The Daily Mail has a story about UK policeman who is charing his teenage son with fraud over the £3,700 bill the kid ran up on his iPad via in-app purchases, in an attempt to avoid the bill. The boy, 13, states that he was “unaware he was being charged for in-game purchases” and believes Apple should pay as a result.
The boy’s father, Doug, said:
“There was no indication in the game that he was being charged for any of the clicks made within it. He innocently thought that, because it was advertised as a free game, the clicks would not cost anything.”
- The pair list Plants vs. Zombies, Hungry Shark, Gun Builder and N.O.V.A. 3 as “free” games that gave no indication that in-app purchases were available for an additional fee. Yet, the description for each reads, “Offers In-App Purchases.”
- Plants Vs. Zombies and N.O.V.A. 3 aren’t free to begin with.
- The App Store lists the most popular in-app purchases as well as the cost of each.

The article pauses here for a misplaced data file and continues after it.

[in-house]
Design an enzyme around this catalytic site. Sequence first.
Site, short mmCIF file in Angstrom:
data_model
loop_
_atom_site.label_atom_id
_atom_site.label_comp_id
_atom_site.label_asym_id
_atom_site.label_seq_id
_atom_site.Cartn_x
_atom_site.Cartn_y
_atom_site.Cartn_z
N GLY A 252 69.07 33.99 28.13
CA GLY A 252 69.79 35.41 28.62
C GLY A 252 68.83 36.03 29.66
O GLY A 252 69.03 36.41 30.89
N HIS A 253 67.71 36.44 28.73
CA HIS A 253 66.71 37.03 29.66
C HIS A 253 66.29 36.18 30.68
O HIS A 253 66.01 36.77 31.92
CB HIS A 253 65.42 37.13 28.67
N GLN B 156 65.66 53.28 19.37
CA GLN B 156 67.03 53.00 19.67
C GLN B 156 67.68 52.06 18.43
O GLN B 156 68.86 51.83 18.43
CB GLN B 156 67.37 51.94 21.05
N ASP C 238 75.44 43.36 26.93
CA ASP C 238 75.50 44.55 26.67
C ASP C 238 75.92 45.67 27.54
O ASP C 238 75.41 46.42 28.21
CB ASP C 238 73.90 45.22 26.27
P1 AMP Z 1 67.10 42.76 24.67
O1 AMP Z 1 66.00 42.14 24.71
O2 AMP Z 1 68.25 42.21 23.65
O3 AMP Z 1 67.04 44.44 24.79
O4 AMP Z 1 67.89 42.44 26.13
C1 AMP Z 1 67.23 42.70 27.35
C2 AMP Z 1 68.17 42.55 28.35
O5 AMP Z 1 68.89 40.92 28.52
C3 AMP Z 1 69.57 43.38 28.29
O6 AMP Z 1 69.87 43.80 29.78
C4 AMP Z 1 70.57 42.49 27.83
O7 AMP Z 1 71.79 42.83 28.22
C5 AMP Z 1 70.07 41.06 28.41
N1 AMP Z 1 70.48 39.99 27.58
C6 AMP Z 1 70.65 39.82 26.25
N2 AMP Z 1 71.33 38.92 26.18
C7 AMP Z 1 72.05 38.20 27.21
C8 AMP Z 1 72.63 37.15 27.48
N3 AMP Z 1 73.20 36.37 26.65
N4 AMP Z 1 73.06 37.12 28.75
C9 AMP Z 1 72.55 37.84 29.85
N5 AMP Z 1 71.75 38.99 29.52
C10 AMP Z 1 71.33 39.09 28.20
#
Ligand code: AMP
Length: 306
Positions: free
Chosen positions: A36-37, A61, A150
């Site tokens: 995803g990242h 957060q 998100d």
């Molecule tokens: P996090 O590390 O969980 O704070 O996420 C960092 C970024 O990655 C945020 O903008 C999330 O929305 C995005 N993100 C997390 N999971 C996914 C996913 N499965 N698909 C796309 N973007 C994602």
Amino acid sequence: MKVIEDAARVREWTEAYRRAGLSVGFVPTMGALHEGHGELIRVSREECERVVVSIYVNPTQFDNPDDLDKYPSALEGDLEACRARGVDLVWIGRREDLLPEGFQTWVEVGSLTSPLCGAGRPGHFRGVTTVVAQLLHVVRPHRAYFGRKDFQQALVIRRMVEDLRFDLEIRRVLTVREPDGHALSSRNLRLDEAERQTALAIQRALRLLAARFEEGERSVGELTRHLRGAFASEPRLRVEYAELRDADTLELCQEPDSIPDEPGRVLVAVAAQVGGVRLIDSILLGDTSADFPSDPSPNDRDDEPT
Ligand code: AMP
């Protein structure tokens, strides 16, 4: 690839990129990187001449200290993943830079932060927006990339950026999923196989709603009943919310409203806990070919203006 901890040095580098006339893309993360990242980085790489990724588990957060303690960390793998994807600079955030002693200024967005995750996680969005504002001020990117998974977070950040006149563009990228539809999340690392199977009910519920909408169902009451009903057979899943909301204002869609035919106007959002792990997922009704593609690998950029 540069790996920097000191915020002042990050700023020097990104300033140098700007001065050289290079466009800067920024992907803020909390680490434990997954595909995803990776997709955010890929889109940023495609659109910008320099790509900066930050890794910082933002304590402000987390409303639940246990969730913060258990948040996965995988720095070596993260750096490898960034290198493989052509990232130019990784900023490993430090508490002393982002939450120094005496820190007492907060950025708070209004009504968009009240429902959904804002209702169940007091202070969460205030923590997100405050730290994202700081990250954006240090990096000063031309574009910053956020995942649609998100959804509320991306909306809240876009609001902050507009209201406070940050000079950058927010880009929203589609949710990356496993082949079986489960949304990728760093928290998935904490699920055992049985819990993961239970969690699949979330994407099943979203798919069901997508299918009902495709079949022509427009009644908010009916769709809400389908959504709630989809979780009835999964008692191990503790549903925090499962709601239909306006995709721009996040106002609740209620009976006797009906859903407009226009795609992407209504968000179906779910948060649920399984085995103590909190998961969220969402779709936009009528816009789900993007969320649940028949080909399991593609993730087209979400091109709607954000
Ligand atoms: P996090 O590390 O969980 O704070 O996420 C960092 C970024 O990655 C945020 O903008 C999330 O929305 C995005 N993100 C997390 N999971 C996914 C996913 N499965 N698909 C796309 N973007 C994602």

- If you attempt to make an in-app purchase, you must click through a dialog box that lists the price and asks you to confirm your decision by tapping through. You must then enter your Apple ID password.
- Apple emails a receipt to the account holder for each purchase. I can’t imagine Officer Doug missed £3,700 worth of receipt emails.
A few things.
Plants vs. Zombies was free for a week, so I’ll give him that, as I don’t know when he purchased it. Also, the list of popular in-app purchases is easy to overlook. However, item number four — the dialog box that lists the price, requires confirmation and must have a password is the BS detector here. There’s now way Jr. “didn’t know.”
Apple doesn’t owe this pair a single ha’penny. They’re either profoundly ignorant or blatantly lying. Why Doug’s son, a minor, has access to his Apple ID password and credit card is a mystery. It’s not Apple’s job to parent your kids, especially when disabling in-app purchases is so incredibly easy.